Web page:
Simply put, circadian rhythms “are physical, mental, and behavioral changes that follow a 24-hour cycle,” according to the National Institute of General Medical Sciences. These rhythms are centered primarily around light and dark and they help regulate your sleep-wake cycle.

When these rhythms get disrupted, that’s when most people begin to experience poor quality sleep. So how does it work?

During daylight hours, your eyes sense light. This wakes up your brain and keeps you energized and alert throughout the day.

In the evening, your eyes sense light fading. This triggers the brain to produce melatonin (the natural hormone that makes you feel drowsy).

It’s really pretty simple. Day = awake. Night = asleep. But what happens when a wrench gets thrown in your circadian rhythm? And what usually causes it?

Jet Lag

If you’ve ever traveled across time zones, you’ll be familiar with the concept of jet lag. Our brains have an internal biological clock. When you fly across time zones, our internal clock takes time to readjust to the light/dark schedule in your new destination. That’s why you’ll often feel tired and groggy for a few days until your circadian rhythm recalibrates.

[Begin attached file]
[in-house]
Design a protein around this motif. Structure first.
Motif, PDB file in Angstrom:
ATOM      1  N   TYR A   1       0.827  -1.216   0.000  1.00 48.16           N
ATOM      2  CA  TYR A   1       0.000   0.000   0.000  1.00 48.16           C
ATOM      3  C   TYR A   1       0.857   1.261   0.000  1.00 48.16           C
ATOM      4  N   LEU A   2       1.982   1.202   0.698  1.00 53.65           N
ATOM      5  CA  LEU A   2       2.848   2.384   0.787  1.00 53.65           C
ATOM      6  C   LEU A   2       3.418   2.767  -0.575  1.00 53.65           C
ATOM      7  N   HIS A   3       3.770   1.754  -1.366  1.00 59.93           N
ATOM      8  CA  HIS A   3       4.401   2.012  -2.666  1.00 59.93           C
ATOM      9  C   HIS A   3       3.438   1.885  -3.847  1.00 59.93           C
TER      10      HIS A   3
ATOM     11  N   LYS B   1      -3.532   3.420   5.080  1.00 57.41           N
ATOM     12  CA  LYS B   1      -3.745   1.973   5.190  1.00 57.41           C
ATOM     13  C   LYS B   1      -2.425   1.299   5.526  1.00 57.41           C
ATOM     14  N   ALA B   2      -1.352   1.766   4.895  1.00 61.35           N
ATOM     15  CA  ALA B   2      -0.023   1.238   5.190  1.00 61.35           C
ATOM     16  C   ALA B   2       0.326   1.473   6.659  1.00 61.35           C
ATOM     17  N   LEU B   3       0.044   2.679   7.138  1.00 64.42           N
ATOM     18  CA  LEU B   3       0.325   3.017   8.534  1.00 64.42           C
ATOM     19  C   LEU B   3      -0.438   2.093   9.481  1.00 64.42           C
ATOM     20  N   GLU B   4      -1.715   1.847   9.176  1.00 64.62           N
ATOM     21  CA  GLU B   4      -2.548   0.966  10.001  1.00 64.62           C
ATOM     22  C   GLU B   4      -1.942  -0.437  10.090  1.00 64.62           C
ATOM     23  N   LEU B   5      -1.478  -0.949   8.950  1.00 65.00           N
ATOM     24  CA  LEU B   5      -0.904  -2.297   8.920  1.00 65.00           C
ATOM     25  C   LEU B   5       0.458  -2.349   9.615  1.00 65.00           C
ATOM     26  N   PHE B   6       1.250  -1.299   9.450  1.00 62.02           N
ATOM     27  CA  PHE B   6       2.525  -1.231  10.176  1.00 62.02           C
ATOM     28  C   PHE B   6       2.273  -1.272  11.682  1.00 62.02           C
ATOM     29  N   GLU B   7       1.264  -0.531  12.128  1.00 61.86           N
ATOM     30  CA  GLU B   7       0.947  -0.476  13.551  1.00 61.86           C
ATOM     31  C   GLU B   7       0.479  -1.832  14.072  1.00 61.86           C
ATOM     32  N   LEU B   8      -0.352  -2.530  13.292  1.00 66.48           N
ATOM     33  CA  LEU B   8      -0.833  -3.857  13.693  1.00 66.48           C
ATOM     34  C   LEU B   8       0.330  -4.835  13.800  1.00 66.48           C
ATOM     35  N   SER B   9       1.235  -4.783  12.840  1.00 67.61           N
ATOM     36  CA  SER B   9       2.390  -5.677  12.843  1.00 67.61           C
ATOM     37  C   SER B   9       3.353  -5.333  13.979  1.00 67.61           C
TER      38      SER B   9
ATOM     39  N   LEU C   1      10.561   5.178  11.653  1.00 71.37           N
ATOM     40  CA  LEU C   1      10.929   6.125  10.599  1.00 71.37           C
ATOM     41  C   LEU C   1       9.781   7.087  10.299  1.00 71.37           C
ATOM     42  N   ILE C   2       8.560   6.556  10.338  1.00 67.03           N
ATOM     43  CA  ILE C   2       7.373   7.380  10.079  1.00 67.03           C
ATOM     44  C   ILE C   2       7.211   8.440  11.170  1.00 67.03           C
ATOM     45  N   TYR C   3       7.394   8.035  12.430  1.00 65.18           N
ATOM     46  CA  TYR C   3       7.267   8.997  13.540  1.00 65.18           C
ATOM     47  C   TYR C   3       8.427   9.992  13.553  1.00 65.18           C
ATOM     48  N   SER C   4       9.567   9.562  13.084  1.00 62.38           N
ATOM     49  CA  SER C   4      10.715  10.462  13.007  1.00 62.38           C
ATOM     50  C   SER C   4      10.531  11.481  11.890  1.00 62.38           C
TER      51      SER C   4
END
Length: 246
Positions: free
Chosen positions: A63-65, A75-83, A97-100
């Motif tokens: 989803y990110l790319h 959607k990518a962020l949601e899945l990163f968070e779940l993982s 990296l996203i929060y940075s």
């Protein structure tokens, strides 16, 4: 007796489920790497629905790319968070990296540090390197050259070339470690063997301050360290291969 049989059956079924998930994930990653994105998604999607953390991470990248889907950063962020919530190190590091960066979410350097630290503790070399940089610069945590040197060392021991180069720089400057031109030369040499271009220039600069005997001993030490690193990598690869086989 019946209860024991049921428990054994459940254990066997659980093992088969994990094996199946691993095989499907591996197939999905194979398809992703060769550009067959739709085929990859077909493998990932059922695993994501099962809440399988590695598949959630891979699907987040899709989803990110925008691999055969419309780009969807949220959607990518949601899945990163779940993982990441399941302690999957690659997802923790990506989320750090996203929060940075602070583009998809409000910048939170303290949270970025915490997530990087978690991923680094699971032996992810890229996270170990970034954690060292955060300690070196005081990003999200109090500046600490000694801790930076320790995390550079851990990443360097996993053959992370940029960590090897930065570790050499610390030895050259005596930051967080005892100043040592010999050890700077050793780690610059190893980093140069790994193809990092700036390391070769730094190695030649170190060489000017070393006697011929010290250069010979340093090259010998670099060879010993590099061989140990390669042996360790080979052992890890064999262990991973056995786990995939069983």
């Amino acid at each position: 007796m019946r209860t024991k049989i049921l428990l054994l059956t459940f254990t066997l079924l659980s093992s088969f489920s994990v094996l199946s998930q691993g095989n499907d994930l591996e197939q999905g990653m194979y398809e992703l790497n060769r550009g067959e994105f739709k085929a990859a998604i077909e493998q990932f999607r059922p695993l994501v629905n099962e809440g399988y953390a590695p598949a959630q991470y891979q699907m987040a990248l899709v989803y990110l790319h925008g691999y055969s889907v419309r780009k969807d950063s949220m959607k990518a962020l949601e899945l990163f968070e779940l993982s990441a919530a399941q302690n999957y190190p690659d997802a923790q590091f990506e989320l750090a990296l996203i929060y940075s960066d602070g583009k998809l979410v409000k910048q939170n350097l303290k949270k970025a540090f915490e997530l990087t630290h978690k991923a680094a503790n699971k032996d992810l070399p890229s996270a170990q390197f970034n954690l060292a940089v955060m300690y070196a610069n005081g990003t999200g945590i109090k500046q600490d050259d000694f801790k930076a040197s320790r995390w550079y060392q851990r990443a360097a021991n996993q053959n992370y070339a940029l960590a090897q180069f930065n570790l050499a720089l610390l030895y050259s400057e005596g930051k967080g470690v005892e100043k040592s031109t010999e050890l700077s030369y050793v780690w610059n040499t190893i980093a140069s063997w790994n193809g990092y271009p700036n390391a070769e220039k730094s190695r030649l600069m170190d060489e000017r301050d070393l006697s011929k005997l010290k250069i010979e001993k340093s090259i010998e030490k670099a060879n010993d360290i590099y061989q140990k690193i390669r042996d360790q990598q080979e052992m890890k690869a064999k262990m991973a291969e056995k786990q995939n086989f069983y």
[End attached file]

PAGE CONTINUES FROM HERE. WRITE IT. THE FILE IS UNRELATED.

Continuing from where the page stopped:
Shift Work

If your current work schedule requires you to work through the night and then sleep during the day, your sleep-wake cycle is at constant odds with your circadian rhythm. This can make it difficult to fall asleep easily. And it likely makes it tough to stay alert when you need to.


If you are like most people today, your mobile phone is always in your hand. But artificial light at bedtime can disrupt your circadian rhythm. That’s why we recommend tucking away your electronics and mobile devices a couple of hours before it’s time to fall asleep.

These are just a couple of examples of how your circadian rhythm can get off-kilter. Limiting caffeine after noon, keeping naps short and sweet, staying active during the day, and maintaining a consistent sleep schedule are all additional ways you can help nurture a healthy sleep-wake cycle.

But remember, if your sleep problems persist it’s always a good idea to schedule time with your doctor. Sleep is essential to a happy, healthy, productive life. And taking steps to improve your sleep quality and quantity is worth it.

Additional Reading:

National Institute of General Medical Sciences: What Are Circadian Rhythms?